More than a hospital

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Head inside Christian Medical College and experience its stories of faith, hope and healing

A unique and inspirational documentary series, Our Stories, Our CMC captures the amazing work undertaken every day at Christian Medical College and Hospital, Vellore (South India).

Produced and directed by Tim Nicholls and his team at Currawong Productions (Australia), this documentary series is a rare insight into the heart of one of India’s premier healthcare institutions and its inspiring stories of faith, hope and healing.

Generously supported and financed by Friends of Vellore, Australian Chapter (FOVA), this documentary showcases the extensive medical and social work completed by CMC to alleviate suffering and improve the standards of health for the common man of India.

CMC stands as a beacon of hope to the poor and downtrodden of the nation in an era where healthcare has become less of a service and more of a corporate business.

 

This is not the first time that Tim Nicholls is documenting the work carried out at CMC and its distinctive contributions to India’s healthcare system. The opportunity to create his first documentary on the work of CMC, Home of a Healing God, arose out of a profound personal experience.

While speaking to Indian Link, he reminisces about a childhood growing up as the son of a Uniting Church Minister and the numerous encounters he had with medical missionaries and also doctors from CMC who would come to Australia for work or study.

When Tim’s mother passed away, his father was heartbroken and Dr George Chandy (past Director of CMC and a close personal friend) encouraged him to join CMC for a short while as a chaplain.

With a decision to return back to Australia within six months, Tim’s father made his journey to CMC at the age of 75.

But the journey didn’t end within six months; it went on for eight years. It was during the course of Tim’s visits that Home of a Healing God was made (2010).

“When the present Director of CMC, Dr Sunil Chandy approached me with the idea of a second documentary series,” Tim says, “I didn’t even need to think about it.”

Tim was backed by his world class team comprising Peter Beeh (a cameraman and one of the world’s leading aerial cinematographers – he’s currently working on Pirates of the Caribbean); Mike Bakaloff (one of Australia’s leading sound recordists), Arizona Nicholls (production assistant); Thabo Nel (post production supervisor); and Hugh Skeil (on ground producer, CMC development office).

The experience has been a profound and emotional one for Tim and his production crew.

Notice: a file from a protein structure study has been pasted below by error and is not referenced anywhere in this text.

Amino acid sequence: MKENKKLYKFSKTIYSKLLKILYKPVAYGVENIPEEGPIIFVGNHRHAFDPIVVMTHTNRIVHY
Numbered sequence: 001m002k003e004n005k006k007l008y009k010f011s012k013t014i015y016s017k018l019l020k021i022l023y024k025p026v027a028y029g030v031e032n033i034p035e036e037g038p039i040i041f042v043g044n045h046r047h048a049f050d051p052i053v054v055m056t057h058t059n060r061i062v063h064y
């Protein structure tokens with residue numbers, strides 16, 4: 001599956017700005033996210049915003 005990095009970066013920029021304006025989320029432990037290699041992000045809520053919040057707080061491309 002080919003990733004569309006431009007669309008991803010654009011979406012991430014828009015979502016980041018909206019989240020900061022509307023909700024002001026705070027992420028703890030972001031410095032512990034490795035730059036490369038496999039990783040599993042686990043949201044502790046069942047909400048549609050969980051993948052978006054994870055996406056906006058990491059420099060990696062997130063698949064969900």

“While shooting for the first documentary, we visited a young man who was dying of cancer,” Tim recalls. “I had never seen my cameraman, Peter Beeh, crying before, but as he filmed tears just kept rolling down his face.”

There have been positive emotional highs too, like watching the expression on a couple’s face when they first laid eyes on their new twins.

Or while hearing the inspiring story of Kumaresan, a sports enthusiast from a poor background who became paralysed after a spinal cord injury.

CMC’s extensive rehabilitation program has helped this young man accept his disabilities and with the training and support of a world class medical team behind him, Kumaresan today dreams of winning a gold medal for India in the Paralympics.

 

“What I take home from my four visits to CMC is that it is a truly unique and special place with a spirit that I have never experienced anywhere else in the world. The college’s motto sums it up perfectly – ‘Not to be ministered unto but to minister.’”

Apart from the free and low cost medical treatment that the hospital provides to the thousands of poor and sick that walk through the gates every day, there are so many projects that are carried out by CMC to give back to society.

Whether it is an in-house recycling plant – which not only provides employment to many women but is also a sustainable solution, a solar water heating unit, or the work of Dr Cherry Kang and her team in developing a rotavirus vaccine from research to development by a core Indian team, the stories are many and inspiring.

This documentary also outlines Dr Sunil Chandy’s (Director of CMC) vision for the future.

“We believe that everything we do, whether it is healthcare, patient care, service or research, it is rooted in the values that the Christian faith teaches us.”

Just like every other great institution, however, the challenges faced by CMC are many. There is a vision for a new hospital on the horizon to meet the healthcare needs of a modern India, be it the emerging trend of lifestyle diseases or the need for a world class trauma centre.

Friends of Vellore, Australian Chapter does a commendable job in raising money for the cause of the needy.

It also promotes visitors going to CMC as elective students, volunteers and so on, and also provides opportunity for the medical staff of CMC to come to Australia and work or study in the local hospitals here.

The corridors of CMC can indeed be a life-changing experience. Just like Tim, I too share a personal bond with this institution having spent four years of my life there as a student.

This is where I learnt the true meaning of humanity, compassion, faith and the realisation that healing has to be physical, spiritual, psychological and social; only then is it complete!

If you would like to have a copy of this documentary, be a part of CMC’s story or make a contribution, visit www.cmcvellore.ac.in or contact Australian Friends of Vellore (australianfov.net.au). Both the documentaries are also available to view for free on YouTube.